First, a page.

Hold Me Close plays at the Canal Cafe Theatre in Little Venice as part of the Camden Fringe. Located above the Bridge House pub, the audience settles into the cabaret-club-style seating of little, round tables in front of a proscenium arch. This really suits the form of the play which involves much audience interaction and an off-the-cuff style.
The structure of the play is very well done and I feel consistently entertained and engaged as a result. A wheel (that would suit an old-fashioned, garish game show) is spun to select a memory crucial to Jade and Sophie’s friendship. Jade (Elspeth McColl) and Sophie (Ella McCallum) delve into it using monologues, duologues or discussing something tangentially related. However, quite often the scenes are too tenuously linked to the chosen topic. I find it hard to always know exactly what is going on and this highlights a fundamental problem with the play.
Had I not read the summary of the play beforehand, I am not sure I would understand Hold Me Close’s premise at all. I really struggle to see how the play is seriously tussling with the end of a long-term friendship. It’s an exciting idea: two performers somewhat autobiographically exploring their own relationship as they actively decide to bring it to a close. Unfortunately, this idea is not established strongly enough at the start and instead the play becomes a slightly aimless tour of Jade and Sophie’s friendship. At the end, they discuss their differences — Jade does not have a mum, Sophie does; Jade doesn’t want to go to university and Sophie does. It doesn’t make sense though that this necessitates breaking up their relationship and I honestly leave feeling a little baffled.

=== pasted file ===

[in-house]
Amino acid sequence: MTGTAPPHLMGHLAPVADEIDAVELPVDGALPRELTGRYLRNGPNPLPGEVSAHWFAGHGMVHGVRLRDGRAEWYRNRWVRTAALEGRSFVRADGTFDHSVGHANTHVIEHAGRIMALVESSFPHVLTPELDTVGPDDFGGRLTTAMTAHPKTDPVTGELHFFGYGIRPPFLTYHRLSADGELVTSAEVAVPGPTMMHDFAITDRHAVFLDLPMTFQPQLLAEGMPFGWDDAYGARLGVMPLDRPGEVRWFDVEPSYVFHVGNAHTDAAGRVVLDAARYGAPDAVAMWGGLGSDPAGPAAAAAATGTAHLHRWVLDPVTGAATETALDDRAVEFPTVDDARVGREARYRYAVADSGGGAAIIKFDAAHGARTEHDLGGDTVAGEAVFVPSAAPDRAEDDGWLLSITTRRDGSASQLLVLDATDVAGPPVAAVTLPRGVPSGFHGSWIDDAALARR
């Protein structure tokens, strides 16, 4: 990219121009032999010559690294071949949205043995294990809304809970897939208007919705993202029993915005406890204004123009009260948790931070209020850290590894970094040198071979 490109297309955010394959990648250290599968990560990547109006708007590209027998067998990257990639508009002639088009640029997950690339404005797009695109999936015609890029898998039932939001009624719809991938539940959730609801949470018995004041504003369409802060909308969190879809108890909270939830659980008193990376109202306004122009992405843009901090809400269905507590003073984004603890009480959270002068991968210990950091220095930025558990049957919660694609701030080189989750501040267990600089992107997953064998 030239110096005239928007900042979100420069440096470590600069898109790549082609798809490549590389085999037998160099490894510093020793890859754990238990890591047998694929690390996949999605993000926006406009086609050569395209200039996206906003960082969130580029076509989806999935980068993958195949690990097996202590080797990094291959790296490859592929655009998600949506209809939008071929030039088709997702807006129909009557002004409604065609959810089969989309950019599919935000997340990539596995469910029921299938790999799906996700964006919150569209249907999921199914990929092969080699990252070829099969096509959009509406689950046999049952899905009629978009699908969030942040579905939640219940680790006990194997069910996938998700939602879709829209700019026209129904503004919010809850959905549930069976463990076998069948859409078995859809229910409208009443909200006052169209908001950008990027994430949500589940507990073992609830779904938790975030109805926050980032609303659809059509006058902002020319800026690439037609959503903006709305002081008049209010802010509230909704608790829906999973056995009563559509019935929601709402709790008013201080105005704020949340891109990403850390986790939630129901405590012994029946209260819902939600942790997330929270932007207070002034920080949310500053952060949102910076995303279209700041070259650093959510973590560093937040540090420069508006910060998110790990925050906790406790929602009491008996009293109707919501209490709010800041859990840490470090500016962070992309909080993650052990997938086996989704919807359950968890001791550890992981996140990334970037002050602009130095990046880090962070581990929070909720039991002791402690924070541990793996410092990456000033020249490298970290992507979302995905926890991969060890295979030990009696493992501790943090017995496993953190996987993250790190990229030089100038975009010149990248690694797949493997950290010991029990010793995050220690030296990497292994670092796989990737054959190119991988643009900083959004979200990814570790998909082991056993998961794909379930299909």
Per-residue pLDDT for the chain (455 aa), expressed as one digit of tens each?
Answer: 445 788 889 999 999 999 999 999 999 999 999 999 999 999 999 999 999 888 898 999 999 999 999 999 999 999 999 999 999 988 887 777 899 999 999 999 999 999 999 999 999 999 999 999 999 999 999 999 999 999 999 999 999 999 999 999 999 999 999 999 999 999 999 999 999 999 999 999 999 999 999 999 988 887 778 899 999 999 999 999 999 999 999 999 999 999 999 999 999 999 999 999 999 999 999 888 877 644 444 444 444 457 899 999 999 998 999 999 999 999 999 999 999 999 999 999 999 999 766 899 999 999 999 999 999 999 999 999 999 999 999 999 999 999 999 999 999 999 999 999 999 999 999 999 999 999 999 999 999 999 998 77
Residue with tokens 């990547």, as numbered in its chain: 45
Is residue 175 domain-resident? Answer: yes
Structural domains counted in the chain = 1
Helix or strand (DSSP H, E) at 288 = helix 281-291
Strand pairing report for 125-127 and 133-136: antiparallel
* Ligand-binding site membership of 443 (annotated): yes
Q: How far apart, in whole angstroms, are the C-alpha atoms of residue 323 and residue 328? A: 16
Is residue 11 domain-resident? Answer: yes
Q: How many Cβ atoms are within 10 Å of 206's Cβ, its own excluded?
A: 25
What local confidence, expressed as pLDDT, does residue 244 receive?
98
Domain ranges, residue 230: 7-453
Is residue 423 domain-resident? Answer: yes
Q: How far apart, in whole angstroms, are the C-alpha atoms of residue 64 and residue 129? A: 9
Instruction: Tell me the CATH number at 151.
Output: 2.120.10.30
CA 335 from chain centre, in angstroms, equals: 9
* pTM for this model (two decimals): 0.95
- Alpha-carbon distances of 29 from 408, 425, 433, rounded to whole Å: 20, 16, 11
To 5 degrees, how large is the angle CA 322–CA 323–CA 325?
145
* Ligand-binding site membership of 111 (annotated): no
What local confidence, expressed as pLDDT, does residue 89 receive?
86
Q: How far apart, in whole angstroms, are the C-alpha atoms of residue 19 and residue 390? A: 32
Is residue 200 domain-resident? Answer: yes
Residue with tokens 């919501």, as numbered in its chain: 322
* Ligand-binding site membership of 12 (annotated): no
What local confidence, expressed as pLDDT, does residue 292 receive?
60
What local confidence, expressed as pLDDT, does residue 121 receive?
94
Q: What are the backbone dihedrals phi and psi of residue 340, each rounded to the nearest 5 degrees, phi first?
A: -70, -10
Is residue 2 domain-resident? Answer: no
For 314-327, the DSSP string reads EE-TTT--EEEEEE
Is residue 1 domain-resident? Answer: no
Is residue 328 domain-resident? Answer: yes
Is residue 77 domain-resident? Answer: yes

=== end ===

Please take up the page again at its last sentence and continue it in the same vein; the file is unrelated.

The use of materials throughout the play is undeniably good. Alongside the fantastic gameshow wheel, they use projection, lip-sync to a clip of Danny Dyer on Why Do You Think You Are? and dance choreographed routines together. The set is messy and chaotic which echoes the girls’ personalities well. It also manages to make them look comfortable and at home when acting out stories set in both friends’ houses and pubs. Meticulous attention to detail has to go into making ‘messy’ look good and Hold Me Close’s designer certainly has that.
Some of the stories that Jade and Sophie share are absolute show-stoppers and I burst out laughing at several moments — a story about a dog licking up some bodily fluids is a serious highlight. This points to there being real sincerity and courage in the writing, but sadly I don’t think the play’s purpose or its performance quite matches up. There are moments where I can barely hear McColl and McCallum as they throw out flippant remarks or interact with the audience. The show also requires a really dramatic and confident style of delivery and the two actors just don’t commit enough, making me cringe and feel that I am not in safe hands. DArcy Brown as director needs to push the actors to reach their full potential because Hold Me Close is just oh so close to being a fun, eye-catching and sensitive show about female friendship.
Hold Me Close played Canal Cafe Theatre until 29 August 2021. For more information, see the Canal Cafe Theatre website.